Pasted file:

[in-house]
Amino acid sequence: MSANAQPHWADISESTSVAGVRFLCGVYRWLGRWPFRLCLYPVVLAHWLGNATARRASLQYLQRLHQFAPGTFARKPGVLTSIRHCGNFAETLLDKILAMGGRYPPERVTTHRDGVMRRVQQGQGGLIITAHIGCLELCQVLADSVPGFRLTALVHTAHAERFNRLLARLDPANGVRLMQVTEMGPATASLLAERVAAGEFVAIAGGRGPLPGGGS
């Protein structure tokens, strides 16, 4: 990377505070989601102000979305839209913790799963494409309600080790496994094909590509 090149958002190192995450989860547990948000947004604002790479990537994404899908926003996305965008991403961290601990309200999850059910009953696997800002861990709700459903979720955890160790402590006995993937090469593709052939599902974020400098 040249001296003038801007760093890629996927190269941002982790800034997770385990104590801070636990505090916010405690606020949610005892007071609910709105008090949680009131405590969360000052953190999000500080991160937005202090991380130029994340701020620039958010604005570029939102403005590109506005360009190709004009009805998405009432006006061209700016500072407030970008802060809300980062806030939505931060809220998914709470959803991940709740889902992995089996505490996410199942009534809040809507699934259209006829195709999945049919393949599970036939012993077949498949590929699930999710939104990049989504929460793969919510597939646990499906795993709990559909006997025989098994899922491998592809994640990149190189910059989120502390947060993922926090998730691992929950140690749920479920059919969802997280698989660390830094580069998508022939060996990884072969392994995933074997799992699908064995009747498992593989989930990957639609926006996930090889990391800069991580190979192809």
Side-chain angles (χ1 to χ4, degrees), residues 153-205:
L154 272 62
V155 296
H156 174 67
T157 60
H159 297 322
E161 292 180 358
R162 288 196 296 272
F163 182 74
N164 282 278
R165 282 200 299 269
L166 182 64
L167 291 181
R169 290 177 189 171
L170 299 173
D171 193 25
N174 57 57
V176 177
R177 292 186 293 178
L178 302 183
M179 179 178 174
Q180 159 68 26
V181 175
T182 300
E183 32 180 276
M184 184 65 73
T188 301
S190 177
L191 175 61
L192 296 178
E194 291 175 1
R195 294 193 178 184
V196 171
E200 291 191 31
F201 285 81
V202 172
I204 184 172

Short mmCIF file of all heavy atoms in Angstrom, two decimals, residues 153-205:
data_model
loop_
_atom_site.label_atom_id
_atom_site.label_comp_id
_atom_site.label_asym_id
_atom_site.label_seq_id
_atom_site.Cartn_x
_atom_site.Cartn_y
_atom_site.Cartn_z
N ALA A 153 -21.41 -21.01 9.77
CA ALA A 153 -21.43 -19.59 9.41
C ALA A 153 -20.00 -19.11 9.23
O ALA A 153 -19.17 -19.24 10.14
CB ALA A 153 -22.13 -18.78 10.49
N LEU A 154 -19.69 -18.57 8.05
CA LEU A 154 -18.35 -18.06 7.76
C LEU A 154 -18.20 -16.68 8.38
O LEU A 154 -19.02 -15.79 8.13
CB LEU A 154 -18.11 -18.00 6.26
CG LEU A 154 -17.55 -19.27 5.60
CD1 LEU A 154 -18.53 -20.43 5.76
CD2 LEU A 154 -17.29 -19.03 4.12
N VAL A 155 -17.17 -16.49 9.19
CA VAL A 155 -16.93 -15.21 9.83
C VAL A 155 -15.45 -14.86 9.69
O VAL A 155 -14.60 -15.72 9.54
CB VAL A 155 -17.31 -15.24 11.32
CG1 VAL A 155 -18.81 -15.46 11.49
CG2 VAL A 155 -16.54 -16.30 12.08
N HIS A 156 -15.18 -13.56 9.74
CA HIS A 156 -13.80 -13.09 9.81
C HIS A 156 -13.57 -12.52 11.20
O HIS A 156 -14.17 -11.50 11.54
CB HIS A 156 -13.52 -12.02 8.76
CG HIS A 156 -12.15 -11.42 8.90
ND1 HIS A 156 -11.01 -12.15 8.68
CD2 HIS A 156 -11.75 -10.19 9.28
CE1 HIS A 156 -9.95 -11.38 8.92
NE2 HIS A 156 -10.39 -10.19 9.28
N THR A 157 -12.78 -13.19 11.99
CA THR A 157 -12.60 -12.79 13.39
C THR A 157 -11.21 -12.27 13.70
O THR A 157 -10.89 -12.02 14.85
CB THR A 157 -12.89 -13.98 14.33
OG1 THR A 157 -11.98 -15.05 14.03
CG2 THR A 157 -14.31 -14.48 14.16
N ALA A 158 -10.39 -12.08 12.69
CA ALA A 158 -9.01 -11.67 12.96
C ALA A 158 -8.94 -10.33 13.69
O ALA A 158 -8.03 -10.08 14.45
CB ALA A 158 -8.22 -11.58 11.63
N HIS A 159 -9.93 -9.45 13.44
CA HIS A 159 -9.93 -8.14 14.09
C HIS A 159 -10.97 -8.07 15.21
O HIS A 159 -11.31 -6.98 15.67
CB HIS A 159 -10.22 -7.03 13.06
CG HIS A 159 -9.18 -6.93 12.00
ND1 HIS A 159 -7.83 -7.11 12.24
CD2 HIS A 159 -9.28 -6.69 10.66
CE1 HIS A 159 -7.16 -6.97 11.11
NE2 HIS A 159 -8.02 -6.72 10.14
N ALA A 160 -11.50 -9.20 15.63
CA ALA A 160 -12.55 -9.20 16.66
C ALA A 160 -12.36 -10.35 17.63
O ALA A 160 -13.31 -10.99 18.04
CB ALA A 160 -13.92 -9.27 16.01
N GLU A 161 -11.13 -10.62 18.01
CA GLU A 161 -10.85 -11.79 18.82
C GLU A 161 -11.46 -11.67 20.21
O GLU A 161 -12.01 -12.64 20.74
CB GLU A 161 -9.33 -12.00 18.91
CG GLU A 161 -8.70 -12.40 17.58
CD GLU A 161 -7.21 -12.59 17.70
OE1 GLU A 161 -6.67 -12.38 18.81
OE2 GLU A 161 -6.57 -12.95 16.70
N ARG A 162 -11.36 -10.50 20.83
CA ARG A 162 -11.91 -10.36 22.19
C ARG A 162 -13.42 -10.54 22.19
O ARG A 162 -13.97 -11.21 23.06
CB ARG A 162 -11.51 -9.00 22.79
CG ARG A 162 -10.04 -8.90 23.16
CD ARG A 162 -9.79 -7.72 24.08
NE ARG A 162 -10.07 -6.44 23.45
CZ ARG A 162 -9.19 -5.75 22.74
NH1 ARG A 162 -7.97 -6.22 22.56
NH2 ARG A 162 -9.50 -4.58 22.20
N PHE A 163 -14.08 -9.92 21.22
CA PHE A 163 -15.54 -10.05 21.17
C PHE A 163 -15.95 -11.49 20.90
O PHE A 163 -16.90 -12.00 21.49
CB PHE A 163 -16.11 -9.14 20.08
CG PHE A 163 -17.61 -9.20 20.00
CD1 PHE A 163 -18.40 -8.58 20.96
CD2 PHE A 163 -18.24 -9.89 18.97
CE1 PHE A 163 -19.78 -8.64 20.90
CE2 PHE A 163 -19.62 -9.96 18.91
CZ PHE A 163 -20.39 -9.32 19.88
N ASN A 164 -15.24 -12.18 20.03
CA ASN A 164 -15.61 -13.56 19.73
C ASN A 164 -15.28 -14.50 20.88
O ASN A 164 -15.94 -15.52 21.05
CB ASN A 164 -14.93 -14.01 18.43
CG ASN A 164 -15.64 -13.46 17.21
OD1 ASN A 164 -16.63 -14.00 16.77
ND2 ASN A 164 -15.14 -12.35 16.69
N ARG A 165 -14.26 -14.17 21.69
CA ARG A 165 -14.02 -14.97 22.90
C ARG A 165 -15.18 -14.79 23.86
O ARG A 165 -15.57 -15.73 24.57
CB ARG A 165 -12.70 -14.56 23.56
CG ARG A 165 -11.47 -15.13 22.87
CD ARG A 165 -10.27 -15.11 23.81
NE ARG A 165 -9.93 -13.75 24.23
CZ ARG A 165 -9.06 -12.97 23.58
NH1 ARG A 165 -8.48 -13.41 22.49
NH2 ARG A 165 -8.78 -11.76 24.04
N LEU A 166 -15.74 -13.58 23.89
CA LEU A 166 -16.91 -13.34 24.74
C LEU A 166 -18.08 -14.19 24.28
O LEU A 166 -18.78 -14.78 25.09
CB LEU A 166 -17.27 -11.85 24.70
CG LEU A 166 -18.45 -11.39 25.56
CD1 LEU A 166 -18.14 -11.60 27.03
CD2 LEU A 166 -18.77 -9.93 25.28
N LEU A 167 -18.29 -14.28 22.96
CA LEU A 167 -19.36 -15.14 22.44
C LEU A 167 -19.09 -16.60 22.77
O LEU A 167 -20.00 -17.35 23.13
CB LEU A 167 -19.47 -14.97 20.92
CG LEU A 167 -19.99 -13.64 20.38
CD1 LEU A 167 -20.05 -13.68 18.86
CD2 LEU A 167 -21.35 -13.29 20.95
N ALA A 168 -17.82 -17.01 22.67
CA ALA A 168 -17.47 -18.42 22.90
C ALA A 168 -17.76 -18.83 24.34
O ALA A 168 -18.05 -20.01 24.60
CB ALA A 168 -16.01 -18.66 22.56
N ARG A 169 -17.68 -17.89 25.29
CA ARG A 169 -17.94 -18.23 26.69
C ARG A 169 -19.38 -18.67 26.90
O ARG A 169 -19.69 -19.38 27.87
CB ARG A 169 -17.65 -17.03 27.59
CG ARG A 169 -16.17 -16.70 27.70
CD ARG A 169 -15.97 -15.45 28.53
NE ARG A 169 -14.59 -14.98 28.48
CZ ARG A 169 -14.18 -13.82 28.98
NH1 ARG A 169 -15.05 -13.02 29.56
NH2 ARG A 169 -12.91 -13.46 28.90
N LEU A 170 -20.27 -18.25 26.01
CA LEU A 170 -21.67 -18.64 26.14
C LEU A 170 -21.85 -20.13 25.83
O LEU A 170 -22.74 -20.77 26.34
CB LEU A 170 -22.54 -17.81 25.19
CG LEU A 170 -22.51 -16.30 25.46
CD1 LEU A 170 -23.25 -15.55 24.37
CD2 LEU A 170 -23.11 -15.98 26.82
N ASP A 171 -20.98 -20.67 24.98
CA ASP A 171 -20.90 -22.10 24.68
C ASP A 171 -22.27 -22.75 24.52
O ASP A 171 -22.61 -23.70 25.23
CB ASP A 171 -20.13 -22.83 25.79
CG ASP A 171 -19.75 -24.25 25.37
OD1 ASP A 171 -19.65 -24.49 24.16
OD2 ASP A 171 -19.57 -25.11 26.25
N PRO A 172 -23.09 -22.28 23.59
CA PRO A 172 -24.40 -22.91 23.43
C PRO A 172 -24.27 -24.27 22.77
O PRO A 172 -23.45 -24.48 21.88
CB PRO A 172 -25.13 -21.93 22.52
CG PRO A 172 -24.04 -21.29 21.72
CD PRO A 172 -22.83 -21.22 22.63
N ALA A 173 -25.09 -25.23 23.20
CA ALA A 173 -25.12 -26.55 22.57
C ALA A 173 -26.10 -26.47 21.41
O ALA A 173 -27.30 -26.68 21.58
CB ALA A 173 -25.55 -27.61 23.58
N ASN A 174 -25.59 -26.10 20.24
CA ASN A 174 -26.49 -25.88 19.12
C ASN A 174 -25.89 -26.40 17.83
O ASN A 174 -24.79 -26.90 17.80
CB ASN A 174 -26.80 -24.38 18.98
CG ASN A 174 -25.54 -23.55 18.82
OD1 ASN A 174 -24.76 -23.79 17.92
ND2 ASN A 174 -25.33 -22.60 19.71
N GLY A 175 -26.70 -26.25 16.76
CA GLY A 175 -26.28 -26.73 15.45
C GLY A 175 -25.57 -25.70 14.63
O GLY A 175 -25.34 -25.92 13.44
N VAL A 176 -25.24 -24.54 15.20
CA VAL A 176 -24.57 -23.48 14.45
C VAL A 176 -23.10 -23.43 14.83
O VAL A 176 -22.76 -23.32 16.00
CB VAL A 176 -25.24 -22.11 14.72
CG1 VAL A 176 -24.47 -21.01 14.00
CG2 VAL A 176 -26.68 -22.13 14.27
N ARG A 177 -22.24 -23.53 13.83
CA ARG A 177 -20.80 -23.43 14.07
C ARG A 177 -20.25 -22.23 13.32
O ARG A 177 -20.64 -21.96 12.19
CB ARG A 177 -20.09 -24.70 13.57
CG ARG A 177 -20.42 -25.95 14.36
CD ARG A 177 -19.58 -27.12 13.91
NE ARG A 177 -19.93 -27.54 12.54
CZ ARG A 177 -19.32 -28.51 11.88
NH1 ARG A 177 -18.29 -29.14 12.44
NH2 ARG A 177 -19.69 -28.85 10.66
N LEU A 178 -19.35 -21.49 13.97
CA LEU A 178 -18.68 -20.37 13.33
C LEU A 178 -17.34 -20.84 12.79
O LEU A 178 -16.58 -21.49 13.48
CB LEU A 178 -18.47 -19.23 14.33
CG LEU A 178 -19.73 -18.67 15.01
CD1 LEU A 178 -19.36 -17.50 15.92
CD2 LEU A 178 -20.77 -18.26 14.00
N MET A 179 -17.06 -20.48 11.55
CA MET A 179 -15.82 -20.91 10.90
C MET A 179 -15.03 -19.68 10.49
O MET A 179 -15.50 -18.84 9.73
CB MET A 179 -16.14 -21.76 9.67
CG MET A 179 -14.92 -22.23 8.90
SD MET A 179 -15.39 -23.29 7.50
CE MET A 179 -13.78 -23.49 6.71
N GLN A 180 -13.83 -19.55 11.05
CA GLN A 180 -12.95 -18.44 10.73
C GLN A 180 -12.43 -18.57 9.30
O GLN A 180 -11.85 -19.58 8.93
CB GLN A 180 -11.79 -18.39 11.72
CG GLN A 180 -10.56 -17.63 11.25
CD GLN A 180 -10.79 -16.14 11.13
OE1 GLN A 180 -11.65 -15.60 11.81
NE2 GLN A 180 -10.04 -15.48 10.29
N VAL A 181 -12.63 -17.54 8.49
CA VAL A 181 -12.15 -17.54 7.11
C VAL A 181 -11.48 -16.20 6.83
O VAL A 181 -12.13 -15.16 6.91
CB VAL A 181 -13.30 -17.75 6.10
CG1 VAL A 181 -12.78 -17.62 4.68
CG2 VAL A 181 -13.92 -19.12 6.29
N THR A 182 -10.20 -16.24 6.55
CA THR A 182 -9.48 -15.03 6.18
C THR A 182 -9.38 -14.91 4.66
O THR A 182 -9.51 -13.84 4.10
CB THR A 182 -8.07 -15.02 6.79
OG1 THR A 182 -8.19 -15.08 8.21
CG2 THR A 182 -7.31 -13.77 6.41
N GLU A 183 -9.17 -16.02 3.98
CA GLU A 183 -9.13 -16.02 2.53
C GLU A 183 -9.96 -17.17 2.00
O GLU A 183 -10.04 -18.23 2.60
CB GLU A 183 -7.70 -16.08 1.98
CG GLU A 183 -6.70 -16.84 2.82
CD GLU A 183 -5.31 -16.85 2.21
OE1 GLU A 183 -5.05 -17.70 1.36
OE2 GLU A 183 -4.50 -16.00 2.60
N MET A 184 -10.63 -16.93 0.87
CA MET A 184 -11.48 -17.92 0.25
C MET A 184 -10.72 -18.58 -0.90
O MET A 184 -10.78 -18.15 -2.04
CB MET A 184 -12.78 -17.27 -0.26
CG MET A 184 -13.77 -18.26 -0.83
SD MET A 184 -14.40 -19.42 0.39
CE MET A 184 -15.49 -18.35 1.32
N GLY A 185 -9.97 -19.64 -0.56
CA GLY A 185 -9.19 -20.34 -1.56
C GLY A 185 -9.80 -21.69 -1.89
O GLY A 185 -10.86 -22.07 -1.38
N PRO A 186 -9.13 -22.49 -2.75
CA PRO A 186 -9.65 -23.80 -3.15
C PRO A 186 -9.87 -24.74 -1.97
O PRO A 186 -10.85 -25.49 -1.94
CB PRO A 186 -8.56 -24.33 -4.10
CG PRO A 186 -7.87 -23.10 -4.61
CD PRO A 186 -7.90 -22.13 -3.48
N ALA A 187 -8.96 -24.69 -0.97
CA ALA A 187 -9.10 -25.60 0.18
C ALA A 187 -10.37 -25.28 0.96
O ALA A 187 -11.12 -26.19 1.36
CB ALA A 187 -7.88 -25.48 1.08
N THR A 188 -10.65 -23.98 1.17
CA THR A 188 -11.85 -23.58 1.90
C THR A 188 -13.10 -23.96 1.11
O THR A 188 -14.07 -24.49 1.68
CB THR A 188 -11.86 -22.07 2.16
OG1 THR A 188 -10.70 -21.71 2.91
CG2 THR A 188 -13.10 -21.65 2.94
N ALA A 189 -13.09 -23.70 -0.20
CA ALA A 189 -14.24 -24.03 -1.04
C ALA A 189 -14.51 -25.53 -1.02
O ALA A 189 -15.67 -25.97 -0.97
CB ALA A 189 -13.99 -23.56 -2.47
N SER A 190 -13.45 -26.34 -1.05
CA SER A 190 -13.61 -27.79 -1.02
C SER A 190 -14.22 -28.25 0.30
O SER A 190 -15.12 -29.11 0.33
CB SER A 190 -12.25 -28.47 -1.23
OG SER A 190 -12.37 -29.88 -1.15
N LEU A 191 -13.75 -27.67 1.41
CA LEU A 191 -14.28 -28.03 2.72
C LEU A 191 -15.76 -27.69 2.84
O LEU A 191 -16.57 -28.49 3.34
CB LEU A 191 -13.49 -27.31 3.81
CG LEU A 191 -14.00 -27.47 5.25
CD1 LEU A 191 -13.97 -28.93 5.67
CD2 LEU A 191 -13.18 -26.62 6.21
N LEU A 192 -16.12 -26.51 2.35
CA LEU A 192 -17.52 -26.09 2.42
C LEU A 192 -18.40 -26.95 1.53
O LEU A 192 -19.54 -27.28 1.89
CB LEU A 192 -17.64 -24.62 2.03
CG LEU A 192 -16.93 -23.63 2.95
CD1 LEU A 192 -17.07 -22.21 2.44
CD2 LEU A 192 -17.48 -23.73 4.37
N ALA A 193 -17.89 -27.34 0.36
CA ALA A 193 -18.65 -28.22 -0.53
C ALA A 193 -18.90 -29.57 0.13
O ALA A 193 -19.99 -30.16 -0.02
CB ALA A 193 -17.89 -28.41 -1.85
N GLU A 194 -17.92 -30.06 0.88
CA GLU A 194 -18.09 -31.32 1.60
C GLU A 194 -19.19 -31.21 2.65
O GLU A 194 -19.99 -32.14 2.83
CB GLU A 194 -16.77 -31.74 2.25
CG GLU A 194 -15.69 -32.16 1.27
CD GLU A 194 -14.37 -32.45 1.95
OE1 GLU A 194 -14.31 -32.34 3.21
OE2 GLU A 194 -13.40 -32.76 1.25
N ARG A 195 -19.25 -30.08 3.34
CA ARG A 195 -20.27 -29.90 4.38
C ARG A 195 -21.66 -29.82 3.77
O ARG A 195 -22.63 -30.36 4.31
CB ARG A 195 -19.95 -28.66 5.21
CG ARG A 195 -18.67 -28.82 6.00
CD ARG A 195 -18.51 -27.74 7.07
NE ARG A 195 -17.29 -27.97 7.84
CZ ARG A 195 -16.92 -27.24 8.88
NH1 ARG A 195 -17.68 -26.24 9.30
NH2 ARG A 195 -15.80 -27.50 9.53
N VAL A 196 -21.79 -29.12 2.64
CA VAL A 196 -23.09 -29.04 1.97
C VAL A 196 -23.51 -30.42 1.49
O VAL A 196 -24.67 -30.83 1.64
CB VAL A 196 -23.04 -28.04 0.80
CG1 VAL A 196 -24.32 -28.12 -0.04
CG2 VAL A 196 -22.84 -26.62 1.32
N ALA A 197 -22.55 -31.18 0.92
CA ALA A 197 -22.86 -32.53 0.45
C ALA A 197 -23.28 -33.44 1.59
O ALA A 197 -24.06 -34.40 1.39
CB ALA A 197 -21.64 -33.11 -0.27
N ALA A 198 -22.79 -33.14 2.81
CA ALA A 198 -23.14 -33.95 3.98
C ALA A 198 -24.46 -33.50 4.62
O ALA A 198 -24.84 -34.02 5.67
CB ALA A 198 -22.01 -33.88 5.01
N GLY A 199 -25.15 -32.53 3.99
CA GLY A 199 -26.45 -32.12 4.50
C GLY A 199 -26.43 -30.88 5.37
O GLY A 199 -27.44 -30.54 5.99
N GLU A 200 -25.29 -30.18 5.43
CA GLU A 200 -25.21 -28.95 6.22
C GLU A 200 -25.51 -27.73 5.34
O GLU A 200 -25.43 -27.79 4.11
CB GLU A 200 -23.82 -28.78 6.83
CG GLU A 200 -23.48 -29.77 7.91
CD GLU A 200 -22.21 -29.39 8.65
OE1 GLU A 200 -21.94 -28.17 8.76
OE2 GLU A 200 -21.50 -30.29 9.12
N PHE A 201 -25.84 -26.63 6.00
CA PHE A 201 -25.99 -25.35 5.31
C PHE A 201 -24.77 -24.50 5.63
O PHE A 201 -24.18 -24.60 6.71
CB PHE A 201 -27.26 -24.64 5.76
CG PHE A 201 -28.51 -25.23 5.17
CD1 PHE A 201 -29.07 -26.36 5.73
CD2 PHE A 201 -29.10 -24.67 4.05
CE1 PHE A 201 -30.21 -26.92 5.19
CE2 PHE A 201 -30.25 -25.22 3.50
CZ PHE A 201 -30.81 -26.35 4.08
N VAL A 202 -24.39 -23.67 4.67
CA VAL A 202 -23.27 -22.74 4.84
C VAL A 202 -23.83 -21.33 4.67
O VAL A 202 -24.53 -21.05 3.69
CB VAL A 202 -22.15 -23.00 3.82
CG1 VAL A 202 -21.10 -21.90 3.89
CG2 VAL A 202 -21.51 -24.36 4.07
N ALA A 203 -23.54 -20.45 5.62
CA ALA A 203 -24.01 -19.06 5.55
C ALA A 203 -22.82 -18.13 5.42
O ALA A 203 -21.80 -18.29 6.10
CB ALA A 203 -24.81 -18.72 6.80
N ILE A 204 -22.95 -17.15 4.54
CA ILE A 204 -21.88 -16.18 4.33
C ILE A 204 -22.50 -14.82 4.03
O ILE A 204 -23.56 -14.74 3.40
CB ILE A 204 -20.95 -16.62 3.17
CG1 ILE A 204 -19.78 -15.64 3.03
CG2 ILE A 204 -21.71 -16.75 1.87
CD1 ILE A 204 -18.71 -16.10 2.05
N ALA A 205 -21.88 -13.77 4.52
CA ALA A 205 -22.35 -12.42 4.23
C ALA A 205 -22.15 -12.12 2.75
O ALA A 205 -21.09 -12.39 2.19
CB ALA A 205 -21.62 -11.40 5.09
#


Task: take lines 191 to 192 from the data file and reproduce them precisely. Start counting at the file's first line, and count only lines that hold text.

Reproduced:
CA LEU A 170 -21.67 -18.64 26.14
C LEU A 170 -21.85 -20.13 25.83